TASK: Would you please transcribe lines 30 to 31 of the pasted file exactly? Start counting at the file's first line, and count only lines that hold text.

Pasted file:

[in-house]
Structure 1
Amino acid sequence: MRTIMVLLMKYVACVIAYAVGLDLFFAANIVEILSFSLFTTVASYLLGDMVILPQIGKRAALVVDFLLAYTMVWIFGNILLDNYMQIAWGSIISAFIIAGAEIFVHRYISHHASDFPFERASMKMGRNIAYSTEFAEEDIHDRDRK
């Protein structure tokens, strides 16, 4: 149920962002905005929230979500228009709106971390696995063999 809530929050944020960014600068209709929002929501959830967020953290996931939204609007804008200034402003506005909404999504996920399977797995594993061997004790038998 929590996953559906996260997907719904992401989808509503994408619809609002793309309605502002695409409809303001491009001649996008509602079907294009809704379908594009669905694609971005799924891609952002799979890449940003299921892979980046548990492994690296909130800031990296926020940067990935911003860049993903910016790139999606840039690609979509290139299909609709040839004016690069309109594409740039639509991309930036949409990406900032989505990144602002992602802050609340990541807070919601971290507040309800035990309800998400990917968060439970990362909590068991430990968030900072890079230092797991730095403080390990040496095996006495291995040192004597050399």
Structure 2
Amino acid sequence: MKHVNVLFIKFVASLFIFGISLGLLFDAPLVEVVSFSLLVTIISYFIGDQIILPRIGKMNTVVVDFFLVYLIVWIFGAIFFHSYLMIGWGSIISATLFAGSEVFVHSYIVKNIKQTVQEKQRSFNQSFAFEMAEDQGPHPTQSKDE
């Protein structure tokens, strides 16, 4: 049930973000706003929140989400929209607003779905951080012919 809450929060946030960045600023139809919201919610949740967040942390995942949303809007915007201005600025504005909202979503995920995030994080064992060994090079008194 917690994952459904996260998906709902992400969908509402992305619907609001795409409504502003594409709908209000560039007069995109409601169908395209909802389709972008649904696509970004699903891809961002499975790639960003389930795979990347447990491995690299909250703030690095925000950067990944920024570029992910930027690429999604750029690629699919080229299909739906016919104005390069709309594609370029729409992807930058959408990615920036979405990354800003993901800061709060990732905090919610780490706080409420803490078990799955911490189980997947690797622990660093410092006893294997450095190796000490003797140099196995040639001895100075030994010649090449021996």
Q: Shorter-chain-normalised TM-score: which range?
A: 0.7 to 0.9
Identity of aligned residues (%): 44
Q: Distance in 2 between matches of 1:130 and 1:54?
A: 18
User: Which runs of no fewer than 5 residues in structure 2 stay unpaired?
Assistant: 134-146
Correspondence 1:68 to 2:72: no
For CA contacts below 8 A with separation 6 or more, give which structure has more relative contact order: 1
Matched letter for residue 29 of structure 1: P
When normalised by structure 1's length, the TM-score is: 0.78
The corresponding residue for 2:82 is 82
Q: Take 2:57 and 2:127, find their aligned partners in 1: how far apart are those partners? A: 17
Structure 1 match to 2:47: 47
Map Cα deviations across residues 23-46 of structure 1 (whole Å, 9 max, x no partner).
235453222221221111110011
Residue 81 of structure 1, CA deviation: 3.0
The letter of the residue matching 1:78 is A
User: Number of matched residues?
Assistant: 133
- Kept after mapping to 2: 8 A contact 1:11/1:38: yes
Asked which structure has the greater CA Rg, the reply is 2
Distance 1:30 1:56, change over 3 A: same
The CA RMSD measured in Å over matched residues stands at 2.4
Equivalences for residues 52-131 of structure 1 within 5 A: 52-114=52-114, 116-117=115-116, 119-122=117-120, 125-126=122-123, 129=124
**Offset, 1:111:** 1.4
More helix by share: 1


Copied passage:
Distance 1:30 1:56, change over 3 A: same
The CA RMSD measured in Å over matched residues stands at 2.4